in the middle of your trip, these notes can point you in the right direction. I've had to shorten a
trip due to business meetings be cancelled or delayed. It's nice to have information about that nearby river
to salvage a trip.
Use this checklist to make sure you don't forget anything. Leave space to update the list during the trip.
Blank Paper :
Keep a journal of your trip. I love to find these journals years after the trip to reminisce and
possibly plan a return.
Have a Backup
Even the best fly fishing gear breaks down occasionally. Not everyone has the budget to have
a quality backup for every essential piece of equipment. However, a trip to Wal-Mart can give
you a complete and affordable backup set for under $50. It's a lot cheaper than wasting a day
Be Self Reliant
Driving on errands can really take time out of a fishing trip. It's best to show up with
durable sources of food and water. Before you leave home, pick up a couple pounds
of bulk trail mix. Divide it into baggies for each day on the river. Hit a local store
on you way to the river and buy enough water to last for the entire trip. This will help
avoid multiple trips to convenience stores.
Hospitals in mountainous areas are really good at taking care of dehydrated patients. They tell me
this everytime I'm there. Buy a gallon of water for each day you plan to fish. Make it a goal to
finish a jug every day.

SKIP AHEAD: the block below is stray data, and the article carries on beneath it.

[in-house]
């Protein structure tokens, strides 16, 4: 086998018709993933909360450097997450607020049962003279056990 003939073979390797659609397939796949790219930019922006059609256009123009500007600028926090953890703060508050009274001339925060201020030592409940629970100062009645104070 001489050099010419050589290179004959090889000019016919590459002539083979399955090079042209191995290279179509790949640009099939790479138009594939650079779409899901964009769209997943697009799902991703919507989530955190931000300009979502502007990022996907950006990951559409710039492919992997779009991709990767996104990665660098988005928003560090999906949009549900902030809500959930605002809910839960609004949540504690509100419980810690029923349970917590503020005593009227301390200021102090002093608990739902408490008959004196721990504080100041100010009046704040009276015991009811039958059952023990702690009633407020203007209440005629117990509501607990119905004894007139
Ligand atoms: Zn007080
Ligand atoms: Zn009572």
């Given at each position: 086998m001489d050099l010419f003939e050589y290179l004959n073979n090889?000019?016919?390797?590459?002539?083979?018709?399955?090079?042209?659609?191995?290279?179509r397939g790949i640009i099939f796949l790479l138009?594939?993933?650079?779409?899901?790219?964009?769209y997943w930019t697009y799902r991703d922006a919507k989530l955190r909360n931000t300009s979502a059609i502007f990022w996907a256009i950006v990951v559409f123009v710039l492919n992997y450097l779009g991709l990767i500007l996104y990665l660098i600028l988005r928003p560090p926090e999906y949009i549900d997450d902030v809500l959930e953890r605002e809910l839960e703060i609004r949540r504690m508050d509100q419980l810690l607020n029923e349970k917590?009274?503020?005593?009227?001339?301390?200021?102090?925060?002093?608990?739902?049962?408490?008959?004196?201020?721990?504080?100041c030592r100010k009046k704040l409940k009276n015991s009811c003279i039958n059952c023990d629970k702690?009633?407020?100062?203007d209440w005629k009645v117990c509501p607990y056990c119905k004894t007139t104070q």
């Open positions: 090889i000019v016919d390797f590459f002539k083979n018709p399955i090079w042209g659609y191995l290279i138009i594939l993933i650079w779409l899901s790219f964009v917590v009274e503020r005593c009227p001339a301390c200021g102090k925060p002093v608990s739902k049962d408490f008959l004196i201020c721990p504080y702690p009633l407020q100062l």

I have become keenly aware of what counts for water and what doesn't. BEER IS A DIURETIC. This means
that it takes more water to wash out the alchohol than you gain by drinking the beer. Soft drinks, coffee
and tea are also diruetics. They will not keep you hydrated.
If you never pay attention to hydration during an extended stay at high elevations, and have never
been dehydrated, you have been lucky so far. It will happen eventually.
The only thing fun about a hospital trip for dehydration is the morphine administered to make you stop moaning.
Keep the Fish Healthy
Give your waders a good washing with water from a faucet if you like to drive from river to river. This is
one way foreign bacteria and plants make their way into rivers and lakes.
Wind and rain are the norm at high elevations. Hanging out at the lodge is never as memorable as hanging a great
fish in absolutely horrible conditions. Make sure your raingear is up to anything nature throws at you. Remember,
it's just water.
The old saying goes "You can't catch fish if your line isn't in the water". If you are on that "once in a lifetime" fishing
trip, don't spend twenty minutes trying to untangle your leader. Cut it, replace it, and start fishing again. Don't spend
time trying to repair equipment on the water. Use your backup and fix that reel over a scotch back at the lodge.
Keep the Right Attitude
If you have taken care of the first nine tips, this one should be easy. All the work should be done and
you should have little to do but fish and take in the surrounding country-side.
If you are traveling with non-fishers, drop hints ahead of time about how it would be best to let
you get the fishing out of your system the first few days. I'm always uptight on a fishing vacation until
I'm sure that I'm not going to spend the first 5 days bird watching and the last day fishing.